Chicago-area commuters have never seen anything like it. Metra has proposed fare increases averaging 10.8 percent, starting in February, with the guarantee of additional increases every year through 2024.
Beginning today, Metra is asking riders to “pick their poison,” and tell them what kind of fare increase, if any, they can stomach next year.
Chicago cab drivers say it’s time for a fare increase, and they’re taking their argument to City Hall Tuesday.
Chicago Transit Authority President Forrest Claypool said Wednesday that the agency has found the $80 million it needs to avert fare hikes and service cuts the rest of this year — without labor concessions.
The Emanuel administration and some Chicago cabbies are set to clash over the city’s plans to reshape the taxi industry without raising fares.
Metra Thursday night wrapped up eight public hearings in two days on the largest fare increase in the agency’s history.
Riders told Metra’s chief executive officer at a public hearing in Homewood on Wednesday that the fare increases the agency has proposed are too much.
Today is the day that CTA riders learn whether they will have to endure fare hikes and service cuts when the transit agency announces its budget plan for next year.
Metra is set to take a final vote on increasing fares, but not nearly as dramatically as originally planned.
The CTA says it faces a $277 million budget shortfall in the coming year. It won’t say yet that it plans fare hikes or service cuts, but CTA President Forrest Claypool made it clear he’s targeting union work rules.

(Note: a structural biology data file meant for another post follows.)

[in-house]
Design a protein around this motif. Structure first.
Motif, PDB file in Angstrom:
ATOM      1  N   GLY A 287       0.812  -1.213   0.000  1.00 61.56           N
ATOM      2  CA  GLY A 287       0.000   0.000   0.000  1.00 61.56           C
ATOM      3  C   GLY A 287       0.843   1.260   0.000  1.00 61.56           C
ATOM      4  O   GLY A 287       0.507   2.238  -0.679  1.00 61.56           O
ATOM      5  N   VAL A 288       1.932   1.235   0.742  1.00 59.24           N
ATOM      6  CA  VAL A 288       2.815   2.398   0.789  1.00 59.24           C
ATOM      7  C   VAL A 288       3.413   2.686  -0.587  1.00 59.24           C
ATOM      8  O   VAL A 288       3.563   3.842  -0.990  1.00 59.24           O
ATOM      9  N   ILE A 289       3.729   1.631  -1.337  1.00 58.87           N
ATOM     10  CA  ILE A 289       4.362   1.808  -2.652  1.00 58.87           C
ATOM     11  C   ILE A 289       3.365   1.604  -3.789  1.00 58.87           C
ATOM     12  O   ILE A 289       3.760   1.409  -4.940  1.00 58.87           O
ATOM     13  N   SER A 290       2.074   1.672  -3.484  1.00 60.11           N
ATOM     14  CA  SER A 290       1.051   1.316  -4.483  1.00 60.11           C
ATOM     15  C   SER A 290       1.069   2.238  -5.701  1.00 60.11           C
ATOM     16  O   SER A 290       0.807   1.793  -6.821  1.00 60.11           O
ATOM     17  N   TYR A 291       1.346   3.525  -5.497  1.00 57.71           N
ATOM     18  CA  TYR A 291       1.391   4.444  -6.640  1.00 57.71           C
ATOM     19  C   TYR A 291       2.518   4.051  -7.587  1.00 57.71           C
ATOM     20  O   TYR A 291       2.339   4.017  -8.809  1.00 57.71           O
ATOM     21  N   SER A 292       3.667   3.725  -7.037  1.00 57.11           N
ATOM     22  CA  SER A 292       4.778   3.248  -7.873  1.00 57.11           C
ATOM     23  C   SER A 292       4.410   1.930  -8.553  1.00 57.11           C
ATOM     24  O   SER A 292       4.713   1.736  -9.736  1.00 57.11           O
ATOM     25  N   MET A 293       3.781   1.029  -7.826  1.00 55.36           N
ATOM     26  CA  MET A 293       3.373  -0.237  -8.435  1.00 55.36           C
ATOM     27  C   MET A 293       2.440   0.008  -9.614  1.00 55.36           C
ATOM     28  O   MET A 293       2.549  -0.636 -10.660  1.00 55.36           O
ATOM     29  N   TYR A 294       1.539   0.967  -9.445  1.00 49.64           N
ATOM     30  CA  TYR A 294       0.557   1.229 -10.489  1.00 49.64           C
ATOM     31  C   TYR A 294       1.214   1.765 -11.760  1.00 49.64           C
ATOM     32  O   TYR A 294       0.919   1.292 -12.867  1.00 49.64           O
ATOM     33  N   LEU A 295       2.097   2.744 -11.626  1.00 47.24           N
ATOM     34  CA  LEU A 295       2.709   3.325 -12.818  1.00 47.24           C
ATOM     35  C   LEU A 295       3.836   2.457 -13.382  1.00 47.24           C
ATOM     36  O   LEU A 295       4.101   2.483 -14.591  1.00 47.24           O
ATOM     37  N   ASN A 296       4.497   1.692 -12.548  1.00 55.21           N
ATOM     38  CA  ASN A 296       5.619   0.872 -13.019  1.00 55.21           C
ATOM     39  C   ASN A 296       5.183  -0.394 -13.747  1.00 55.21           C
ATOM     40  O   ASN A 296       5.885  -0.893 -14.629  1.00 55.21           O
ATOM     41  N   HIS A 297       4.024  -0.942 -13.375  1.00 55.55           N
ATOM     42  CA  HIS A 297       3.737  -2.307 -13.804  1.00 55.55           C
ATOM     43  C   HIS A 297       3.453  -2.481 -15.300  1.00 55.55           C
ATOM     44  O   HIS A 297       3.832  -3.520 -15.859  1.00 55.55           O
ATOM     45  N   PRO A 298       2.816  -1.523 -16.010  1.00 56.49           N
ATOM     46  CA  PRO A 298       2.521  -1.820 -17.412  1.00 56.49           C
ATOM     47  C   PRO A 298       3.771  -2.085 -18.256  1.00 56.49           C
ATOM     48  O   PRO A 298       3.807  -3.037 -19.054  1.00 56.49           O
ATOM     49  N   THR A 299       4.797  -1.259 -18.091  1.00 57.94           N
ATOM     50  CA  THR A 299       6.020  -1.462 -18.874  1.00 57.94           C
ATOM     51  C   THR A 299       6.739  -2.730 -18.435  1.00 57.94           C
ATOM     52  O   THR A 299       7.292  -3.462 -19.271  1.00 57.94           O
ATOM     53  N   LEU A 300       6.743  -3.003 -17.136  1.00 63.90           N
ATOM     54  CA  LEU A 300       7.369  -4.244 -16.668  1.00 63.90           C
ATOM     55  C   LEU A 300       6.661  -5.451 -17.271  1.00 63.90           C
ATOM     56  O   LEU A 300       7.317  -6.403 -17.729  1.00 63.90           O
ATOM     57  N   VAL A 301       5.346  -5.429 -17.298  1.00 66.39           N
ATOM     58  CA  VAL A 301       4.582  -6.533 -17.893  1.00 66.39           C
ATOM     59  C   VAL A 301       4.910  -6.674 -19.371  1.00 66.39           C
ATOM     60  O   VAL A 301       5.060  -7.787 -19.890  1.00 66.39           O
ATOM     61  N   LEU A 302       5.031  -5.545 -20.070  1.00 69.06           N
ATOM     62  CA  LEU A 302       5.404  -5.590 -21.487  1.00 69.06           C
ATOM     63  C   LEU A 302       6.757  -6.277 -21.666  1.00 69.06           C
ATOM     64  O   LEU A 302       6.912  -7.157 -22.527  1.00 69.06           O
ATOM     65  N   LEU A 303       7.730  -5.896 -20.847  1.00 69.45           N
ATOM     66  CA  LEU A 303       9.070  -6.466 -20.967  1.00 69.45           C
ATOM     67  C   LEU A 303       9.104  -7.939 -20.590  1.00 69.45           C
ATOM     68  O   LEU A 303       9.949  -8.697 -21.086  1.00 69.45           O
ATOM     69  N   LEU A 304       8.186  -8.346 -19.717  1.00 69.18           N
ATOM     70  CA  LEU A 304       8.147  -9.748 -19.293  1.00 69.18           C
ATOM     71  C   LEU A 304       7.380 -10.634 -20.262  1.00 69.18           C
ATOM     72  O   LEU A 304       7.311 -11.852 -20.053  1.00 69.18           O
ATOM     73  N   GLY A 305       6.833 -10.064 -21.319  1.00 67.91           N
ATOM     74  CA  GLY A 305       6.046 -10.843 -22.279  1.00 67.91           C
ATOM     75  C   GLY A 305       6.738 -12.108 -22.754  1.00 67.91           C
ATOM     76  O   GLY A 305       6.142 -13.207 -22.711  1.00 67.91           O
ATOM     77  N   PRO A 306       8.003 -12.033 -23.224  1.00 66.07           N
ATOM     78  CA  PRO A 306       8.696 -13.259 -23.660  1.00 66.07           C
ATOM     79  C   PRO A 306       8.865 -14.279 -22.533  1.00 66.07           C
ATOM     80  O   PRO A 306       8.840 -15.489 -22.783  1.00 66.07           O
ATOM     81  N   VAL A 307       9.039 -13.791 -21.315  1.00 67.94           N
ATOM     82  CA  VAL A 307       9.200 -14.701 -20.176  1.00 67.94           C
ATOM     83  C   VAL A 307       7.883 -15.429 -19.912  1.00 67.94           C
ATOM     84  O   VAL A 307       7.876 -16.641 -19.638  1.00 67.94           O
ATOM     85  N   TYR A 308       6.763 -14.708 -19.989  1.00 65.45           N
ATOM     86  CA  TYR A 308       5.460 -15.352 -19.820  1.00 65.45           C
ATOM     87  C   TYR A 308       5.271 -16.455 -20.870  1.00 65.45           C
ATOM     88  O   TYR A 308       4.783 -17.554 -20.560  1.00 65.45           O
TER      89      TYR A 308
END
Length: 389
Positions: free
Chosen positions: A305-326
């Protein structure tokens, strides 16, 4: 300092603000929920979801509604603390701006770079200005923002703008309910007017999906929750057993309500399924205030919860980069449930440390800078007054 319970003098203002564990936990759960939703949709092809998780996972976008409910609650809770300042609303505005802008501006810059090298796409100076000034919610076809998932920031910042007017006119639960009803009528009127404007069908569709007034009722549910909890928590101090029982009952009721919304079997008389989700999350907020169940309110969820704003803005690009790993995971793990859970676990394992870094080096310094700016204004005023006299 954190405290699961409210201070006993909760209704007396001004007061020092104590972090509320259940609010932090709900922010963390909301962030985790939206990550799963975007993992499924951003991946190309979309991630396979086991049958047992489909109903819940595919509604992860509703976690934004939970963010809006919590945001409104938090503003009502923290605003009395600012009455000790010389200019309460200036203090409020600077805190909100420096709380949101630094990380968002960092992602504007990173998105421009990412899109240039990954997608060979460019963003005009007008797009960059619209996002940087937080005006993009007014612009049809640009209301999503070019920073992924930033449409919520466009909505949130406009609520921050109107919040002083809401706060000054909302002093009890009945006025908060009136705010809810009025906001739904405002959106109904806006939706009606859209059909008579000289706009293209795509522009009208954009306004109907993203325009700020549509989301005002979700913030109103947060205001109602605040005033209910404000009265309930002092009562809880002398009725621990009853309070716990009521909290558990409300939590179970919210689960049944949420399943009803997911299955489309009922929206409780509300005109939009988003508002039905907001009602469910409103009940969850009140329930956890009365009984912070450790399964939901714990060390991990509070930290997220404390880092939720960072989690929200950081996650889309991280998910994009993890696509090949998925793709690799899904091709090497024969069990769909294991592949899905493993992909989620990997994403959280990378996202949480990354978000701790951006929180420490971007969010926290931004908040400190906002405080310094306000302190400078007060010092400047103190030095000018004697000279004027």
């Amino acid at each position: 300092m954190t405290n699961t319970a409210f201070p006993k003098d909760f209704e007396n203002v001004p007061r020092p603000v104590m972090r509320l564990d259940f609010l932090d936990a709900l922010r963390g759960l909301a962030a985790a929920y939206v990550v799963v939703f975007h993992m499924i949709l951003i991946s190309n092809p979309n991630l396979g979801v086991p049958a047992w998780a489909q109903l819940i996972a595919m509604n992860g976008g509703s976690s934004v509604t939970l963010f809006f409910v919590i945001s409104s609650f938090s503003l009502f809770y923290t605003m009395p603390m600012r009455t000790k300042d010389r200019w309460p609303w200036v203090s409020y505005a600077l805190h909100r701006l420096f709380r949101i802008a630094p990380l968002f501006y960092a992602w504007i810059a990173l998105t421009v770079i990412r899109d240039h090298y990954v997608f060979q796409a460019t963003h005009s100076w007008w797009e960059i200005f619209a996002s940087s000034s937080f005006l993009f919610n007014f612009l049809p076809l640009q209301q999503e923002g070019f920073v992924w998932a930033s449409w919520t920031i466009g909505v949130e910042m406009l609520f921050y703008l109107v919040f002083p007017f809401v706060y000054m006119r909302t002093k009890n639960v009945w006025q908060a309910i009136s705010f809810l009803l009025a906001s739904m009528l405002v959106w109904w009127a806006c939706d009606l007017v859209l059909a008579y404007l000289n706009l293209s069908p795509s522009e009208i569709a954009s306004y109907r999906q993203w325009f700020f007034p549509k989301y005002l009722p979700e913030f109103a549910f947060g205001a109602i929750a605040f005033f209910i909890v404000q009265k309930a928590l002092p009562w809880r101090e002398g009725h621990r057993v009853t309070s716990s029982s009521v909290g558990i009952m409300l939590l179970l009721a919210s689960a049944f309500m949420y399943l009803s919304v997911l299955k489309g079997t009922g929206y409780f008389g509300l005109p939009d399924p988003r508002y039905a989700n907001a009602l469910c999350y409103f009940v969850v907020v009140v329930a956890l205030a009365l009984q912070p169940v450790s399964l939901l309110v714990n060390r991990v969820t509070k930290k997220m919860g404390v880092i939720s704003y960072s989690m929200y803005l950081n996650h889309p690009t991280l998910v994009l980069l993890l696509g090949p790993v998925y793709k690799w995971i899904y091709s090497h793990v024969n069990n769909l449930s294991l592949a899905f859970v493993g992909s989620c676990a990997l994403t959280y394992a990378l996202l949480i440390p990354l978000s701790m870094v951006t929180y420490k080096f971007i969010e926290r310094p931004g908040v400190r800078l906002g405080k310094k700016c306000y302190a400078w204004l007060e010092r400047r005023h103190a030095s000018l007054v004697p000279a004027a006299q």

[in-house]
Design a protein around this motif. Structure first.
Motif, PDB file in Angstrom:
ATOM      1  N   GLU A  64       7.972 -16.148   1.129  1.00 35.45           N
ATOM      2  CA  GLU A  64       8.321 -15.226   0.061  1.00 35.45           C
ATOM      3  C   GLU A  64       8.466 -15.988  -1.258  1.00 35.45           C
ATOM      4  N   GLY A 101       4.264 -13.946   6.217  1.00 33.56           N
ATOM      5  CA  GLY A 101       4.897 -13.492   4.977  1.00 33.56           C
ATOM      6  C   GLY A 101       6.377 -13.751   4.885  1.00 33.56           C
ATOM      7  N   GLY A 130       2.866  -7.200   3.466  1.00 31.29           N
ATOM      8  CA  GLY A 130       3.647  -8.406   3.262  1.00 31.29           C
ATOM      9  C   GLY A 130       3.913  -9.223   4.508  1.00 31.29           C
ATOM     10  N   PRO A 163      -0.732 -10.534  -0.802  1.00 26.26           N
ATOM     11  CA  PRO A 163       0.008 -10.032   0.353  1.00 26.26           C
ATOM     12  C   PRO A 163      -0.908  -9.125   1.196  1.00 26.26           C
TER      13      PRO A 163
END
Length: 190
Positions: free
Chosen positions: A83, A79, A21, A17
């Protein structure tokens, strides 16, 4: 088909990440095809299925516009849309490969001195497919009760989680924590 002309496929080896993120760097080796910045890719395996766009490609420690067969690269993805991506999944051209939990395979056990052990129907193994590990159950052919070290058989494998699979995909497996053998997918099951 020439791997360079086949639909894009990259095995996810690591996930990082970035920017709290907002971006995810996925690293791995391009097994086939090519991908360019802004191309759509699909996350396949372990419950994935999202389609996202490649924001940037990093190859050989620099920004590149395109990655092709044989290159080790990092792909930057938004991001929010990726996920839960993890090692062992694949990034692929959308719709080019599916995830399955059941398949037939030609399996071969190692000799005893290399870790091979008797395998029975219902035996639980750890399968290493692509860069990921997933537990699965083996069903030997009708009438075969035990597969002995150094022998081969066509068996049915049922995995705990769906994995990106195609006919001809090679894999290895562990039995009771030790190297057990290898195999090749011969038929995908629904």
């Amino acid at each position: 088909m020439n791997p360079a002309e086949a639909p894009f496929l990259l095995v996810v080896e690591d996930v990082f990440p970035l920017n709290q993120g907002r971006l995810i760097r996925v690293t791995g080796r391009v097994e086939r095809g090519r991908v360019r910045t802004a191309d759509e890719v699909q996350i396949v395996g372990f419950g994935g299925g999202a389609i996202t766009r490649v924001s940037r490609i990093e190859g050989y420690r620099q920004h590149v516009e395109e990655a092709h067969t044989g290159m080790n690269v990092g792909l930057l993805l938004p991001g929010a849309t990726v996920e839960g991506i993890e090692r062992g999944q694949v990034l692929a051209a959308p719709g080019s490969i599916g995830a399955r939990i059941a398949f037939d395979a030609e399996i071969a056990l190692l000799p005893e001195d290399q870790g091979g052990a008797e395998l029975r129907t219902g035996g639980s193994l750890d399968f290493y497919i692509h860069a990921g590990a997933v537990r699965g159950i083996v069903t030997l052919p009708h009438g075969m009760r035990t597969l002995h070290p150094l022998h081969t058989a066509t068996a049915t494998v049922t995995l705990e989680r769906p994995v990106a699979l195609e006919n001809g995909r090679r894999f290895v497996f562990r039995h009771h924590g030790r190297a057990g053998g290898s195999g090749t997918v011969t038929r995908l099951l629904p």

CTA officials still won’t say if the agency’s 2012 budget contains fare hikes, service cuts or both. But they are making it clear that the budgeting process has not been an easy one.
In a letter to Metra riders, the agency’s CEO on Friday called proposed fare increases “jolting” but necessary due to rising costs, lower income and inaction by the previous Metra administration.
The Metra board Friday ruled out service cuts to close a 2012 budget shortfall estimated at more than $64 million, but higher ticket prices seem inevitable.
The CTA won’t raise fares for the rest of 2011, but is making no promises beyond that.
Metra wants to hear from you on the possibility of fare hikes and service cuts, and it doesn’t matter if you ride Metra daily or never come within miles of a commuter train.
The Regional Transportation Authority is warning that the CTA, Metra and Pace may have to undertake emergency fare hikes and service cuts as soon as next month.
The Chicago Transit Authority is beginning to plan its budget for next year, and it won’t be easy to accomplish.
The Chicago Transit Authority passed a new budget plan Wednesday that will not hike fares, nor cut service levels.